I guess it's a show biz variation on "If you build it they will come," but Jim Caruso's Cast Party continues to draw so many of the most talented artists working today.  And Jim's on a high -- Liza Minnelli's Broadway  show Liza At The Palace was a raging success. She got raves and so did "The Williams Brothers."

The New York Times reported:

The quartet execute production numbers that are the last word in modern pop-jazz virtuosity from an era when the term modern meant sleek, cool, jet-propelled sophistication. Clad in identical black suits, white shirts and skinny ties, delivering impeccable, jazz-inflected barbershop harmonies as they swoop and glide, Johnny Rodgers, Cortes Alexander, Jim Caruso and Tiger Martina perform astounding feats of singing and dancing coordination. They are assisted on the piano by Billy Stritch, who breaks in to provide creamy vocal fills.

Their mile-a-minute rendition of the Gershwins' "Clap Yo' Hands" has the furious velocity and compression of a jazz-flavored rap. The director Ron Lewis's choreography belongs to the vintage variety-show sort, but is stripped of clichés to the point that it transmits joy and enthusiasm to the audience like an electric charge."

I miss listening to Jonathan Schwartz on Saturday and Sunday afternoons on WNYC.  I can't believe he's the same radio voice my younger brother Eddie first discovered all those years ago when we lived in Peekskill.  I learn something new every time he's on the air.  I miss listening to John Platt and and all the other DJs on WFUV.   Good thing their shows are archived at the WFUV website.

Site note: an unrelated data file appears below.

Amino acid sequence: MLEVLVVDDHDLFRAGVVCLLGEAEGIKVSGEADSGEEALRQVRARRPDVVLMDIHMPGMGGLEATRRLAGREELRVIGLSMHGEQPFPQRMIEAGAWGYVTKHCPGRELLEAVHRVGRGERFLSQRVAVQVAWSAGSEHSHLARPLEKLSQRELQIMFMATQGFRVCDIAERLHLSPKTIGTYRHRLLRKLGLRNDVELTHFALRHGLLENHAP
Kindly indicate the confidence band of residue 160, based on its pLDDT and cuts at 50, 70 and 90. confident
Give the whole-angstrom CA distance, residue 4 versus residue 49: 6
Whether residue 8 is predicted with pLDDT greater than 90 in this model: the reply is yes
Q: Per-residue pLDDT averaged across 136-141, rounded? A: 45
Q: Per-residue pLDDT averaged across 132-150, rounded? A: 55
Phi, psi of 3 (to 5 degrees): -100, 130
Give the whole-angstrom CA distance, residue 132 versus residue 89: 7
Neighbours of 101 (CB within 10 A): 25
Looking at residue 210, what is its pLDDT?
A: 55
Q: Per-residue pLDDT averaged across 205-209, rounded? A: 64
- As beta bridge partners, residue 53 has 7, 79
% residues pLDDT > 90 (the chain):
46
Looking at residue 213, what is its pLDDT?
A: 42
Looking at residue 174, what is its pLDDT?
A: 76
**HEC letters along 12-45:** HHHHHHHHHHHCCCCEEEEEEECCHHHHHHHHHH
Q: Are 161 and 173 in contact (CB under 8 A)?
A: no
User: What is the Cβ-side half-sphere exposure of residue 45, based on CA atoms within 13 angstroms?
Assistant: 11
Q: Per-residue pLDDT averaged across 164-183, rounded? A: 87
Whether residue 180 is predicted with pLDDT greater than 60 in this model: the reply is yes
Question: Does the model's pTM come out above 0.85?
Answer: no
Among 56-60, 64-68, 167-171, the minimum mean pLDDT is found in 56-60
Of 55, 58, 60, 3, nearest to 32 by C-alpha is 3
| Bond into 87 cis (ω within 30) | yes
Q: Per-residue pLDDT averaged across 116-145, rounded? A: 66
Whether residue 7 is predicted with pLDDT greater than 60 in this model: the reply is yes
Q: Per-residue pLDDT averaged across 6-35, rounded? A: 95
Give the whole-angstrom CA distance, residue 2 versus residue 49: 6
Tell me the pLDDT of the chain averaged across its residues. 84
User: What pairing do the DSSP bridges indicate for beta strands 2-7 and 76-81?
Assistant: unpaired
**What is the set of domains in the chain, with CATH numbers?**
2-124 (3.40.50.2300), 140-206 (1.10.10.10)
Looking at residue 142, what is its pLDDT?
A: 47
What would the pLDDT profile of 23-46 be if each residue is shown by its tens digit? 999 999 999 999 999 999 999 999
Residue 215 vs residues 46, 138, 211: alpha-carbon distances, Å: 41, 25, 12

It's a very difficult time to be a working musician.  But I have hope.  I may not stay much longer in my dream apartment, but I'll take away some wonderful memories.  Writing this book is one.  Check out the index and the bonus radio list at the end.  There are so many first rate singer/songwriters listed there -- if you don't know who a lot of them are now, well, you can start getting to know them.  

Except for this final 'Afterword,' I wrote this entire book at my desk just a few steps from my beautiful terrace.  Whenever I would get stuck, I'd step out there, take a few deep breaths, then get back to work.  It fueled my inspiration, but was also the setting for one unforgettable celebration.  

I was a wreck over our most recent presidential election.  I wrote a number of songs.  One of them: "I love Hillary But I Voted For Obama" would always get an interesting reaction.  Hillary fans would burst into applause at first, then sit and sulk the rest of the song (and sometimes for the rest of the concert).  Thank goodness Obama is made her part of his team.

As the election got closer, John McCain made me write a new ending to "What Was I Thinking?"  

Oh his name is John McCain
went looking for a running mate
he passed over the usual suspects